"That's so gay!" Many students hear anti-gay taunts and are teased on a regular basis for not conforming to gender stereotypes or for having same-sex parents. It is critical to know how to work with your children and the adults in their school to address these incidents when they happen, and more importantly, prevent them from happening in the first place.
Surviving the Emotional Roller Coaster: Assisting Queer Women Through Insemination
Presenters: Laura Goldberger, MFT and Kristin Kali, LM CPM (Maia Midwifery)
Delves into the emotional and relational issues for lesbians, bisexual, transgender, and other queer individuals during this highly stressful process: partner issues, gender issues, financial and emotional challenges, fertility concerns and other stressors.
Presenter: Cheryl Deaner, MFT
Families of focus in this workshop include those who generally do not fit the “two parents living together” model. Healthy communication and good boundaries between parental systems will be discussed along with the challenges of different parenting styles.
For more information contact Dino DiDonato, (415) 431-4366 or email@example.com
Conference Sponsoring Organizations:
Gaylesta the LGBTQ Psychotherapists Association, The San Francisco LGBT Community Center and Our Family Coalition Conference Co-Sponsors: New Leaf Services for Our Community, National Center for Lesbian Rights (NCLR), Children of Lesbians and Gays Everywhere (COLAGE); Banner Sponsor and Luncheon Host: RBC Wealth Management; Sponsors for Keynote Speaker: Ambassador James Hormel and The Orchard Garden Hotel
Friday, October 3, 2008
The Advocate reports that Pete Wentz and his Fall Out Boy band mates have donated $50,000 to No on 8, the effort to defeat California's Proposition 8, a measure on the November ballot that would amend the state constitution to rescind marriage equality for gay and lesbian couples, joining the likes of Brad Pitt and Stephen Speilberg.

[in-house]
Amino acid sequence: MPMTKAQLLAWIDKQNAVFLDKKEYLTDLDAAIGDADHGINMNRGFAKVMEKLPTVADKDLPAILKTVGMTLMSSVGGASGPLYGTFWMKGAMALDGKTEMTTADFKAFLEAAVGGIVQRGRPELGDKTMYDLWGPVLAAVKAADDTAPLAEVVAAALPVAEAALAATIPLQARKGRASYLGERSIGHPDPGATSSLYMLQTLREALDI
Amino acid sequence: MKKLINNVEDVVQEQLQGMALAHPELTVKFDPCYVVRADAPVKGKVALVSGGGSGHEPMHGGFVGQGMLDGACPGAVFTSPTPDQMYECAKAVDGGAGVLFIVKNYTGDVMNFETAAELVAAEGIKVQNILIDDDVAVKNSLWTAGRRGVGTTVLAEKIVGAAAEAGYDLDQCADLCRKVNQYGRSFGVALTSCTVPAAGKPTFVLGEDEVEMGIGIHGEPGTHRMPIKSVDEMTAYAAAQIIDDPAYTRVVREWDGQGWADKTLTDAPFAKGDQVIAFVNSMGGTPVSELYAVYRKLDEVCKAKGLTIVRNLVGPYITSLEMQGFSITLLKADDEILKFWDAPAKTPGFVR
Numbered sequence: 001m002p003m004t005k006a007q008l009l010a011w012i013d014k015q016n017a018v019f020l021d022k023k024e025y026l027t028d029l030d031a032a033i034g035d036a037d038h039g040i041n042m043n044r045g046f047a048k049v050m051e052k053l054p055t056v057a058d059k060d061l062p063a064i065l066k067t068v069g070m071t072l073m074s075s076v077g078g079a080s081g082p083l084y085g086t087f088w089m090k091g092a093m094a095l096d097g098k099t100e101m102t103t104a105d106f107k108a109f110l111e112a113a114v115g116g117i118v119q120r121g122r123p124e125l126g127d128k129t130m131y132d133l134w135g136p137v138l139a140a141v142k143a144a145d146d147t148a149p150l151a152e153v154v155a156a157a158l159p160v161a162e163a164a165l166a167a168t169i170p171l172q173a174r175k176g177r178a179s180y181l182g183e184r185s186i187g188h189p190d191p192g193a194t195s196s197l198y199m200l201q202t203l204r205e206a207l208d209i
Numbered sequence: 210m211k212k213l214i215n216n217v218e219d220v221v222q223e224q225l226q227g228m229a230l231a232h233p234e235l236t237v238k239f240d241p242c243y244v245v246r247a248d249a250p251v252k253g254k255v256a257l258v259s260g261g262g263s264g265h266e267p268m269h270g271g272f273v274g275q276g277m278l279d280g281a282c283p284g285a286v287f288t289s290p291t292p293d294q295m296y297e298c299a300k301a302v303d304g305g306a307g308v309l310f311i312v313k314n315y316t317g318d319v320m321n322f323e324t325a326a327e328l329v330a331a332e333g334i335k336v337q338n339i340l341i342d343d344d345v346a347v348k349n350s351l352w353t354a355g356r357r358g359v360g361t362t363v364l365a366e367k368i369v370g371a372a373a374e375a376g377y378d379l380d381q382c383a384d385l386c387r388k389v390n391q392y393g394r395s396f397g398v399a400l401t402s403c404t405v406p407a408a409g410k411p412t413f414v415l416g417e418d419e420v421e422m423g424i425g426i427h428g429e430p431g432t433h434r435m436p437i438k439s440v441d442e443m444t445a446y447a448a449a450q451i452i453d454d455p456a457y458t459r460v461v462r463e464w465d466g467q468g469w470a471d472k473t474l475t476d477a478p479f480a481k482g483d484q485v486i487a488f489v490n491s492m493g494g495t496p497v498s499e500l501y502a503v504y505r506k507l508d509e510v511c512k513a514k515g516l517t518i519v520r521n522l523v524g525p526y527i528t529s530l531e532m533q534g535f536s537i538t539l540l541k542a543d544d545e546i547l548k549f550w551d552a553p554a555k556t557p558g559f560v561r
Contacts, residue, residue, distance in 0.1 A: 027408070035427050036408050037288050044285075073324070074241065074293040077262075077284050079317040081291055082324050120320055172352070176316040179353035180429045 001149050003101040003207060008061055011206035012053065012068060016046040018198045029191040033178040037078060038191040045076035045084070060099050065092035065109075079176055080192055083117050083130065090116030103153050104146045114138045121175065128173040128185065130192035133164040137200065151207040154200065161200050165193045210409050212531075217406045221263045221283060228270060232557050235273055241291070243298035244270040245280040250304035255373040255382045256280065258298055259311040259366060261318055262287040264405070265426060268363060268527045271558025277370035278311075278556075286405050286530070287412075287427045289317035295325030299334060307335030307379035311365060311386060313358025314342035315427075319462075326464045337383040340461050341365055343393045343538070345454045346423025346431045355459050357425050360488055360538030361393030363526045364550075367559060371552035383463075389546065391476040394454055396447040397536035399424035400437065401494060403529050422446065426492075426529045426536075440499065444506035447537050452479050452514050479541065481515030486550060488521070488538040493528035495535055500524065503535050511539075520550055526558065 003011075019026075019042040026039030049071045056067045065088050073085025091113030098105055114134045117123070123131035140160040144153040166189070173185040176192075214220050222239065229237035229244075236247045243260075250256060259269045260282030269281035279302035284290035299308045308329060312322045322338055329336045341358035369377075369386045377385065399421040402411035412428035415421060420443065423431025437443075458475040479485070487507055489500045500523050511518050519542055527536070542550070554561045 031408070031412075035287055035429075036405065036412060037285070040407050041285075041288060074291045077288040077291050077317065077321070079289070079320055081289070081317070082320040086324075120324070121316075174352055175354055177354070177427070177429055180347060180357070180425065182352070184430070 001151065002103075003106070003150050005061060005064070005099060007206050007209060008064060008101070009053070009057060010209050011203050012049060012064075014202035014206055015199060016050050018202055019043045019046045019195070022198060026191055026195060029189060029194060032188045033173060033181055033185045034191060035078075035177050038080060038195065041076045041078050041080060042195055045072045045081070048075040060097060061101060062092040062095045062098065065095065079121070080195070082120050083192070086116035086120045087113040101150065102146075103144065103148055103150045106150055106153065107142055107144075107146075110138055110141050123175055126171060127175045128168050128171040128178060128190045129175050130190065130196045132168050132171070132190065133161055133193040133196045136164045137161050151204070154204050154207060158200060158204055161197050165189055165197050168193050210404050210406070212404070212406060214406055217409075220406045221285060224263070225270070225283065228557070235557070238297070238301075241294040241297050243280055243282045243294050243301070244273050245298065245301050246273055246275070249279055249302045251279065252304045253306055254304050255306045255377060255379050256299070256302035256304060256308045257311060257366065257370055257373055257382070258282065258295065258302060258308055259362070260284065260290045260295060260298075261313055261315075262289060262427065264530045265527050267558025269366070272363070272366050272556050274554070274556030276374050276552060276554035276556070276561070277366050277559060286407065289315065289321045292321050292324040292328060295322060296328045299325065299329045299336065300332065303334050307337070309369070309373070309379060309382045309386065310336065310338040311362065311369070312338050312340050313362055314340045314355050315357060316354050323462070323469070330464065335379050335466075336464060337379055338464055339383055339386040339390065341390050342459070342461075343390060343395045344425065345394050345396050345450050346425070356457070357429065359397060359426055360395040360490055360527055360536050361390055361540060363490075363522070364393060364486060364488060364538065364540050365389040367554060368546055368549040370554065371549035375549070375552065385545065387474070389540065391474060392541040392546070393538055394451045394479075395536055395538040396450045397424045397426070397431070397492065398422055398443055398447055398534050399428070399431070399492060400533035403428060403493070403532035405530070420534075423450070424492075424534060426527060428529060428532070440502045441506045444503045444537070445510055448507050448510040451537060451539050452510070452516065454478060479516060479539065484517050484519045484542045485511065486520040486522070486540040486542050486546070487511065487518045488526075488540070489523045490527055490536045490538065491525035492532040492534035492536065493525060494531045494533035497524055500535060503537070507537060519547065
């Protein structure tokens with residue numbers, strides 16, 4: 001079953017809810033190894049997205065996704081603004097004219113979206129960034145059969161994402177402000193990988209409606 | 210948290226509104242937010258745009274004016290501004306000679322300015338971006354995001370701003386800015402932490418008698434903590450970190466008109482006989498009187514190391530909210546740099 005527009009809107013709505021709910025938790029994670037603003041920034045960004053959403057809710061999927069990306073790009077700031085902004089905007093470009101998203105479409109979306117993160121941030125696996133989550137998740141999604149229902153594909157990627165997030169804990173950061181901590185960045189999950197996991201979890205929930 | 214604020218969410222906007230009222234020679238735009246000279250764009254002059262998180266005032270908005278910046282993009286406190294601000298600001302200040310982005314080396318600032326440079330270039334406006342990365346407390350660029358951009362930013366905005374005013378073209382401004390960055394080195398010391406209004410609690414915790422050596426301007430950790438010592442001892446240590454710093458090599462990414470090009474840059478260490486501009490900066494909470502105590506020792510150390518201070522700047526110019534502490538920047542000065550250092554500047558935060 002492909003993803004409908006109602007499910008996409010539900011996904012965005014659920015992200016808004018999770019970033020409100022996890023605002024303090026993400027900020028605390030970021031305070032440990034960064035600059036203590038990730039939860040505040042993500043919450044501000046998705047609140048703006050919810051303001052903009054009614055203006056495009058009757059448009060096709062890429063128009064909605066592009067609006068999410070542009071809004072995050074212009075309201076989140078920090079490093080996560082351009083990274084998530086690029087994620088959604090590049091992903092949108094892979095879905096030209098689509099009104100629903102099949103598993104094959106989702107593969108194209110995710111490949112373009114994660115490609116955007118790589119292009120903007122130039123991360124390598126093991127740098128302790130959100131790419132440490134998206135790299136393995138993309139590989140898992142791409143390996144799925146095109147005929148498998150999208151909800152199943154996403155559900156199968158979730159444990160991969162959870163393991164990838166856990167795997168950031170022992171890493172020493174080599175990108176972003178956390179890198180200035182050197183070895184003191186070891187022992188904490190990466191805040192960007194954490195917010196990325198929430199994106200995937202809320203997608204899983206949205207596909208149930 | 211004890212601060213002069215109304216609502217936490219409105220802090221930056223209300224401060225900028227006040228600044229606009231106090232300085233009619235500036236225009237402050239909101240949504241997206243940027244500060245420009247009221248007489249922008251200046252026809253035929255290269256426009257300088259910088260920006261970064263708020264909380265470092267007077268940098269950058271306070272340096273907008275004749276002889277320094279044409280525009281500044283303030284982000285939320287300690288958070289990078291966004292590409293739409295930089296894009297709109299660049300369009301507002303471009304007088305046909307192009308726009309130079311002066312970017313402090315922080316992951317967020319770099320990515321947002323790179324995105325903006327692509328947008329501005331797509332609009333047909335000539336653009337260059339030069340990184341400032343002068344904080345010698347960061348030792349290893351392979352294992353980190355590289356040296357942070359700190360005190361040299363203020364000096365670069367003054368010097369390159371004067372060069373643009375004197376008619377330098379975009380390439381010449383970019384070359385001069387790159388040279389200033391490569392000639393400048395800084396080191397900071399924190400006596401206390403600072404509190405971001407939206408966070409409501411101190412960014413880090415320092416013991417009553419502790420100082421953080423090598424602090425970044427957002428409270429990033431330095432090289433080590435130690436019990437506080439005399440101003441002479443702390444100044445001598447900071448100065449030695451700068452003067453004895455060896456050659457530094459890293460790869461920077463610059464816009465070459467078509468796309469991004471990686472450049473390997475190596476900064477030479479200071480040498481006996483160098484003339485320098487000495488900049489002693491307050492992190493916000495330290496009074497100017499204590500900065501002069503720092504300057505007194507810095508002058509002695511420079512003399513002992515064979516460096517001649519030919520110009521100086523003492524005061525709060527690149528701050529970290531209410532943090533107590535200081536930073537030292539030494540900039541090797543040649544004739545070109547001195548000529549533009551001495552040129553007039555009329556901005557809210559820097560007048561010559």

"We believe government shouldn't legislate love. Vote no on Proposition 8," the band said in a statement.
The donation comes on the heels of various blog entries and quotes from Wentz suggesting his frustration over the attempt to ban same-sex marriage. Last week Wentz took to his blog to unveil plans for the band’s new single -- and took a moment to talk about Proposition 8.
"There are a lot of causes out there -- a lot of 'good' fights to be fought," Wentz wrote. "I think Proposition 8 is pretty lame -- as many others do too. It's fucking lame."
Earlier this year, on the heels of his wedding to Ashlee Simpson, Wentz reached out to Out magazine’s Popnography blog to share his happy news -- and again took a moment to voice his support for same-sex marriage.
"I am happy to get married in the same state where the state supreme court recognizes the union of gay/lesbian couples,” he wrote in an e-mail. “It seems like we could have a hell of a bash as a joint anniversary over in West Hollywood next year!"
The donation comes after gay Ohio entrepreneur Jonathan Lewis issued a statement promising to match the next $500,000 raised by entertainers to fight Prop. 8.